The G1.Sniper M3 was designed into a micro ATX form factor that sports Intel's latest Z77 Express chipset and supports the third generation of Intel's LGA 1155 "Ivy Bridge" processors. It is challenging to pack enough performance features and overclocking options onto a micro ATX footprint, but Gigabyte's G1.Sniper M3 has broken the code in this department. This $180 board includes a digital power phase design with auto voltage compensation, dual UEFI BIOS, and an onboard Creative Sound Core3D quad-core audio processor for rich, high-definition audio.
An overview of Thunderbolt Technology
The promise of Thunderbolt connectivity has been around for a couple of years now. Today, Thunderbolt is finally finding its way to the PC platform in the form of motherboards from ASUS and MSI. First unveiled as "Light Peak" at the Intel Developer Forum in 2009, the technology started out as a way to connect multiple devices to a system over a fiber optic cable (hence the 'light' in the name), though the final products have changed the implementation slightly.
The first prototype implementations actually used a USB-style connection and interface. It further required fiber optic cables. When it was renamed to Thunderbolt and then released in conjunction with a new lineup of Apple MacBook laptops, not only did the physical interface move to a mini-DisplayPort connection but the cable was made to use copper rather than fiber. Without diving too far into the reasons and benefits of either direction, the fact is that the copper cables allow for modest power transfer and are much cheaper than fiber optic variants would be.
Thunderbolt's base technology remains the same, however. It is a transfer standard that allows for 10 Gbps of bandwidth for each channel (bi-directional) and concurrently supports both data and display connections. The actual interface for the data path is based on PCI Express and connected devices actually appear to Windows as if they are internally connected to the system which can offer some interesting benefits – and headaches – for hardware developers. The display connection uses the DisplayPort standard and can be used along with the data connection without affecting bandwidth levels or performance.
For current Intel processor implementations, the Thunderbolt connection is supported by a separate controller chip on the motherboard (or a riser card) – and some routing is required for correct usage. The Thunderbolt controller does not actually include a graphics controller, so it must be fed an output from another graphics processor, obviously in this case directly from the Ivy Bridge / Sandy Bridge processors. In theory, these could be from other controllers, but with the ubiquitous nature of integrated processor graphics on IVB and SNB processors, this is going to be the implementation going forward according to motherboard and system designers.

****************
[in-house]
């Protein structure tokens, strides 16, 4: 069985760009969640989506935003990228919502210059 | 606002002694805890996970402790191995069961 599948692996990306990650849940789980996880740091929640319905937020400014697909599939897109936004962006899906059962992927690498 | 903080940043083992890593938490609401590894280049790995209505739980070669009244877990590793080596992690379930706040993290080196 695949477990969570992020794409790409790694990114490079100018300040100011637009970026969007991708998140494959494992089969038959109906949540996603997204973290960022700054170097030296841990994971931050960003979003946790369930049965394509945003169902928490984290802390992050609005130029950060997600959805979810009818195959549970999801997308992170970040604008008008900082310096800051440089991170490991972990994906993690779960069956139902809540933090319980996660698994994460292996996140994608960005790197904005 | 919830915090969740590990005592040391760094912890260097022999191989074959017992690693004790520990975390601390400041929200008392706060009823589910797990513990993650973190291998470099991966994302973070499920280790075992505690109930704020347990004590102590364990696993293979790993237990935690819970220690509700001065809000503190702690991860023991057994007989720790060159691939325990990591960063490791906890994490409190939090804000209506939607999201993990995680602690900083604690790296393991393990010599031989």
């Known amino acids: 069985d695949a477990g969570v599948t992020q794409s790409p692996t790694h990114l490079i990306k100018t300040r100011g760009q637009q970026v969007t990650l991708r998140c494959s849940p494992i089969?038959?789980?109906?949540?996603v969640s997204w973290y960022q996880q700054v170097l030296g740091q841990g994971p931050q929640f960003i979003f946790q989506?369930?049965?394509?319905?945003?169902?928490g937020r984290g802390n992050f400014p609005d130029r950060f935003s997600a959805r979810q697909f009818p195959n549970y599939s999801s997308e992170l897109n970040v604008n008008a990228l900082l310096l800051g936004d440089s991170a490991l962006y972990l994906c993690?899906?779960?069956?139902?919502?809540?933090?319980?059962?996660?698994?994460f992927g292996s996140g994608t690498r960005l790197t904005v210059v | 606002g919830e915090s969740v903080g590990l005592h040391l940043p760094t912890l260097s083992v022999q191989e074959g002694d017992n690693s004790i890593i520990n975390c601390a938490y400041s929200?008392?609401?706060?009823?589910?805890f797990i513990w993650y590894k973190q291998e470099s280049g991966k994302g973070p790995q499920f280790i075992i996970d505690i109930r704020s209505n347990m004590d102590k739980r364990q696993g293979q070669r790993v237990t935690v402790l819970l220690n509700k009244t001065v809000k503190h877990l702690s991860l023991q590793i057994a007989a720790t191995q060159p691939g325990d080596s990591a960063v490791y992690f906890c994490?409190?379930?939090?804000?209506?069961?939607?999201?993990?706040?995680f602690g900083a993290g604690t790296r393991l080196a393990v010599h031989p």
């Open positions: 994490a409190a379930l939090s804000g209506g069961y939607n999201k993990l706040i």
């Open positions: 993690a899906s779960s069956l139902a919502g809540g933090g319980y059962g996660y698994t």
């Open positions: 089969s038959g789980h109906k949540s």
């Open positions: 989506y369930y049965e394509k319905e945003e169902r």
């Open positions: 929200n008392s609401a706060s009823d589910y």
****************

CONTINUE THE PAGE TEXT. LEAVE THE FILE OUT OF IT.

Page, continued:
A slightly lower cost Ivy Bridge
Just a couple of short months ago, Intel released the desktop versions of its latest CPU architecture codenamed Ivy Bridge – and officially named the Intel 3rd Generation Core Processor. Ivy Bridge has a much cleaner sound to it if you ask me.
At launch, we tested and reviewed the highest-end offering, the Core i7-3770K, a quad-core HyperThreaded part that runs as fast as 3.9 GHz with Turbo Boost. It included the highest end processor graphics Intel has developed – the HD 4000. Currently selling for only $350, the i7-3770K is a fantastic processor, but isn't the bargain that many DIY PC builders are looking for. The new Core i5-3470 from Intel – the processor we are reviewing today – might be just that.
I am not going to spend time discussing the upgrades and benefits that the new Ivy Bridge processors offer over their predecessors, or the competition, from an architectural stand point. If you want some background on Ivy Bridge and why it does what it does, you'll want to read the first few pages of our original Core i7-3770K / Ivy Bridge review from April.
The Core i5-3470 Processor
Interestingly, in the initial information from Intel about the Ivy Bridge processor lineup, the Core i5-3470 wasn't even on the list. There was a 3450 and 3550, but nothing in between. The Core i5-3470 currently sells for about $200 and compares with some other Ivy Bridge processors with the following specifications: